• Grocery lists. Children love to dream about what they would like to buy at the grocery store. Let them dream in lists! Using a sale ad from a local store, I let my children make a grocery list, either in manuscript or cursive, their choice. The next day I made the project more applicable to life? Children worked together to make a list for a nutritionally sound family meal on a specific budget. Not only did we practice handwriting but we discussed lessons in health and math. The ideas were purposeful and practical. The list was added to the portfolio of work samples. 
Ideas to try later:
  • Find a map of your state. Have your child plan a vacation to 6 cities, 1 lake, and 1 river found in your state. Write the names of those places on a paper (remember proper nouns are capitalized)  in the order to be visited. Handwriting (and capitalization) is practiced while considering state geography. 
  • Plan a European (or other location) vacation. As above, have the child plan a vacation including 1 mountain, 2 rivers, 2 lakes, 5 cities, and 2 countries.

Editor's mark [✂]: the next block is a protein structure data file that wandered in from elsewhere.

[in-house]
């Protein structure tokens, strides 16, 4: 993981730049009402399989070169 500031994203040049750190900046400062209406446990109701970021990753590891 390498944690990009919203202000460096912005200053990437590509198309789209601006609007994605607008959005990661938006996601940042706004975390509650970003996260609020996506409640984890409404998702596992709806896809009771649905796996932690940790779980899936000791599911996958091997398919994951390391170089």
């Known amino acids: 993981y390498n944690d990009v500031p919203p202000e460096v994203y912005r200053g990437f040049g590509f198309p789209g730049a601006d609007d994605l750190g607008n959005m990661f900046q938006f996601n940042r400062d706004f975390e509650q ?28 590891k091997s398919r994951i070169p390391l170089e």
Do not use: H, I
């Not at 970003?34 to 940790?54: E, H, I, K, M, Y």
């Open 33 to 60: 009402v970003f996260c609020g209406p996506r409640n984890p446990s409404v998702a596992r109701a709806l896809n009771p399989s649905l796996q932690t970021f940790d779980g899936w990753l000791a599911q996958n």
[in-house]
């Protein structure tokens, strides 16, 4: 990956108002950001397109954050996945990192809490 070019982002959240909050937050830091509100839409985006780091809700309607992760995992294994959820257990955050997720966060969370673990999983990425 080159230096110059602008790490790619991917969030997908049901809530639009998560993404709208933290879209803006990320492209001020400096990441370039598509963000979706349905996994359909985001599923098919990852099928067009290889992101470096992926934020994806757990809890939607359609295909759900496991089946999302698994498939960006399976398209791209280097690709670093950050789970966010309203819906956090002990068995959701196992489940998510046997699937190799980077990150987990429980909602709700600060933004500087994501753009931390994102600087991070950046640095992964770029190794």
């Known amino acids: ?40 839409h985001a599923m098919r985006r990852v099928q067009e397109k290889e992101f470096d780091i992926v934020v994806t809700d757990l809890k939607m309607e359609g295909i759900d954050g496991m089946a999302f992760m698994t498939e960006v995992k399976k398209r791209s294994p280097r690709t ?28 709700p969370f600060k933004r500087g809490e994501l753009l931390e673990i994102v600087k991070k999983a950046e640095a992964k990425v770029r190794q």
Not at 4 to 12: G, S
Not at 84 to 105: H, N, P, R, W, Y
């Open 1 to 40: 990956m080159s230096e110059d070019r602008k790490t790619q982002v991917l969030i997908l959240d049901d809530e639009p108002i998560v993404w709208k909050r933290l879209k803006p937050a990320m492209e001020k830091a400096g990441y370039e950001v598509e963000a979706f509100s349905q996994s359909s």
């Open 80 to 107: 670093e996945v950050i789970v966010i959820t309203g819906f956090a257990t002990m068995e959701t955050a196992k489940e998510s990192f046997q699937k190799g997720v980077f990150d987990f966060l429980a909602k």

• Create a menu, complete with prices (writing decimal numbers), and play restaurant. Make sure the handwriting is the best it can be so customers can read and order. 
  • Create a recipe and write in best handwriting.
  • Write a poem. 
  • Create a list specific to the interest of the child, maybe car parts, tools, craft supplies, or color words. Write the list on a white board or write each word on a 3 x 5 card. Have the child write the words in manuscript or cursive.
  • Some families use poetry or verse for handwriting and copywork. This is profitable as well, though may not be as high on the personal interest scale. 
  • Use fancy charcoal pencils, felt pens, or quill pens to practice manuscript and cursive. 
There are many ways to make cursive purposeful and personal. Share one way you've made handwriting valuable in the comment box. We're in this together!